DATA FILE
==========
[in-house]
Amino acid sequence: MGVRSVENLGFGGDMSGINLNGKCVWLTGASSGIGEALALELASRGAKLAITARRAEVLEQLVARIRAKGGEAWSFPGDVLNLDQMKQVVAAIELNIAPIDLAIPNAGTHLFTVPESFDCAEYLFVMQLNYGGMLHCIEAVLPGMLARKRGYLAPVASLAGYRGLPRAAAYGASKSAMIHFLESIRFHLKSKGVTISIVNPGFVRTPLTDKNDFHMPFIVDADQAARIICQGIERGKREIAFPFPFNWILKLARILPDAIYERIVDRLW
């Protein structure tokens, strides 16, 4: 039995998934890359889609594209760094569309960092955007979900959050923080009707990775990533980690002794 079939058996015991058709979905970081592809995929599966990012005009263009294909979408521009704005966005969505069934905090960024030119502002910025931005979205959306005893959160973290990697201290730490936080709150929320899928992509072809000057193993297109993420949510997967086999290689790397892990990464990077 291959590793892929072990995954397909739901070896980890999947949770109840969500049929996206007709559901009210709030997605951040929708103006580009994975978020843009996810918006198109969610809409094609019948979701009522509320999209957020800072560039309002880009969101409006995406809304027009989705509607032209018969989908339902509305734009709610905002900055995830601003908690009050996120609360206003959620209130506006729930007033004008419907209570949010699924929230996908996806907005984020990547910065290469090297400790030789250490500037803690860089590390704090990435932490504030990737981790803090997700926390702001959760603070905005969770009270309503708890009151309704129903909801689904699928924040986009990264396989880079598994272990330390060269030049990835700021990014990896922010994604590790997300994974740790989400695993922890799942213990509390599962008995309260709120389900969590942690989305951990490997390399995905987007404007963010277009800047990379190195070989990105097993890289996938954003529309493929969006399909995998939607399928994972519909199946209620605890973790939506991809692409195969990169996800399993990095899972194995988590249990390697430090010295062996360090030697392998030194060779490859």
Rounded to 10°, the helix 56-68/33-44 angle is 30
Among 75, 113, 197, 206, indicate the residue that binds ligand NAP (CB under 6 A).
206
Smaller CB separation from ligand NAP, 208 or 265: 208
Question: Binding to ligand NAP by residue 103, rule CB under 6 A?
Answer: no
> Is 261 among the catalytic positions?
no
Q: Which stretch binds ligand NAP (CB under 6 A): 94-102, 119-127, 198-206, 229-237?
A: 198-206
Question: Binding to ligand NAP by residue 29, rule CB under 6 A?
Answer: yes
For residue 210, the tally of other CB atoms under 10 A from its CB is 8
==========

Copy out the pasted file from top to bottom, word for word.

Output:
[in-house]
Amino acid sequence: MGVRSVENLGFGGDMSGINLNGKCVWLTGASSGIGEALALELASRGAKLAITARRAEVLEQLVARIRAKGGEAWSFPGDVLNLDQMKQVVAAIELNIAPIDLAIPNAGTHLFTVPESFDCAEYLFVMQLNYGGMLHCIEAVLPGMLARKRGYLAPVASLAGYRGLPRAAAYGASKSAMIHFLESIRFHLKSKGVTISIVNPGFVRTPLTDKNDFHMPFIVDADQAARIICQGIERGKREIAFPFPFNWILKLARILPDAIYERIVDRLW
């Protein structure tokens, strides 16, 4: 039995998934890359889609594209760094569309960092955007979900959050923080009707990775990533980690002794 079939058996015991058709979905970081592809995929599966990012005009263009294909979408521009704005966005969505069934905090960024030119502002910025931005979205959306005893959160973290990697201290730490936080709150929320899928992509072809000057193993297109993420949510997967086999290689790397892990990464990077 291959590793892929072990995954397909739901070896980890999947949770109840969500049929996206007709559901009210709030997605951040929708103006580009994975978020843009996810918006198109969610809409094609019948979701009522509320999209957020800072560039309002880009969101409006995406809304027009989705509607032209018969989908339902509305734009709610905002900055995830601003908690009050996120609360206003959620209130506006729930007033004008419907209570949010699924929230996908996806907005984020990547910065290469090297400790030789250490500037803690860089590390704090990435932490504030990737981790803090997700926390702001959760603070905005969770009270309503708890009151309704129903909801689904699928924040986009990264396989880079598994272990330390060269030049990835700021990014990896922010994604590790997300994974740790989400695993922890799942213990509390599962008995309260709120389900969590942690989305951990490997390399995905987007404007963010277009800047990379190195070989990105097993890289996938954003529309493929969006399909995998939607399928994972519909199946209620605890973790939506991809692409195969990169996800399993990095899972194995988590249990390697430090010295062996360090030697392998030194060779490859």
Rounded to 10°, the helix 56-68/33-44 angle is 30
Among 75, 113, 197, 206, indicate the residue that binds ligand NAP (CB under 6 A).
206
Smaller CB separation from ligand NAP, 208 or 265: 208
Question: Binding to ligand NAP by residue 103, rule CB under 6 A?
Answer: no
> Is 261 among the catalytic positions?
no
Q: Which stretch binds ligand NAP (CB under 6 A): 94-102, 119-127, 198-206, 229-237?
A: 198-206
Question: Binding to ligand NAP by residue 29, rule CB under 6 A?
Answer: yes
For residue 210, the tally of other CB atoms under 10 A from its CB is 8